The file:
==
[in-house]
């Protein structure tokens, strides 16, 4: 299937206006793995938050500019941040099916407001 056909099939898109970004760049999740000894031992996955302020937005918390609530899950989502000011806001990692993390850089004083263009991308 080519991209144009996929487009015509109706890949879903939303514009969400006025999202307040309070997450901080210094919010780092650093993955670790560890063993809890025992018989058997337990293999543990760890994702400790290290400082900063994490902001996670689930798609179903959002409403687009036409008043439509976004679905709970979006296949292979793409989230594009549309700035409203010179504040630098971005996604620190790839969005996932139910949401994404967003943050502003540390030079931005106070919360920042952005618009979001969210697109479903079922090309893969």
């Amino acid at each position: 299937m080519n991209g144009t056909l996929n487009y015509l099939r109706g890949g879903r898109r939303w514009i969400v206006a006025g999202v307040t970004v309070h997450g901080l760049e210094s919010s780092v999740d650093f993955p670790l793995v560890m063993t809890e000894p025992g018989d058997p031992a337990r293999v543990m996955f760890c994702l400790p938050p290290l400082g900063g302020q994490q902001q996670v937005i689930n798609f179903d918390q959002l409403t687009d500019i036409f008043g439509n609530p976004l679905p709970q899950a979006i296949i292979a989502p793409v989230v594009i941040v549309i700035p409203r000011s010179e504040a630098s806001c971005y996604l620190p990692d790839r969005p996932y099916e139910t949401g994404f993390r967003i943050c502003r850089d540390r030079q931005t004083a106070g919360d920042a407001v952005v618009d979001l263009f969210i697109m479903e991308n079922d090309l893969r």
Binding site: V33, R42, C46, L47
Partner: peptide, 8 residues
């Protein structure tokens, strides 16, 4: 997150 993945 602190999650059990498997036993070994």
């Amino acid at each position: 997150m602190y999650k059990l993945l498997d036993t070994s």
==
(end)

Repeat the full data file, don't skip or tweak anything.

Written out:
[in-house]
């Protein structure tokens, strides 16, 4: 299937206006793995938050500019941040099916407001 056909099939898109970004760049999740000894031992996955302020937005918390609530899950989502000011806001990692993390850089004083263009991308 080519991209144009996929487009015509109706890949879903939303514009969400006025999202307040309070997450901080210094919010780092650093993955670790560890063993809890025992018989058997337990293999543990760890994702400790290290400082900063994490902001996670689930798609179903959002409403687009036409008043439509976004679905709970979006296949292979793409989230594009549309700035409203010179504040630098971005996604620190790839969005996932139910949401994404967003943050502003540390030079931005106070919360920042952005618009979001969210697109479903079922090309893969």
């Amino acid at each position: 299937m080519n991209g144009t056909l996929n487009y015509l099939r109706g890949g879903r898109r939303w514009i969400v206006a006025g999202v307040t970004v309070h997450g901080l760049e210094s919010s780092v999740d650093f993955p670790l793995v560890m063993t809890e000894p025992g018989d058997p031992a337990r293999v543990m996955f760890c994702l400790p938050p290290l400082g900063g302020q994490q902001q996670v937005i689930n798609f179903d918390q959002l409403t687009d500019i036409f008043g439509n609530p976004l679905p709970q899950a979006i296949i292979a989502p793409v989230v594009i941040v549309i700035p409203r000011s010179e504040a630098s806001c971005y996604l620190p990692d790839r969005p996932y099916e139910t949401g994404f993390r967003i943050c502003r850089d540390r030079q931005t004083a106070g919360d920042a407001v952005v618009d979001l263009f969210i697109m479903e991308n079922d090309l893969r």
Binding site: V33, R42, C46, L47
Partner: peptide, 8 residues
């Protein structure tokens, strides 16, 4: 997150 993945 602190999650059990498997036993070994």
């Amino acid at each position: 997150m602190y999650k059990l993945l498997d036993t070994s």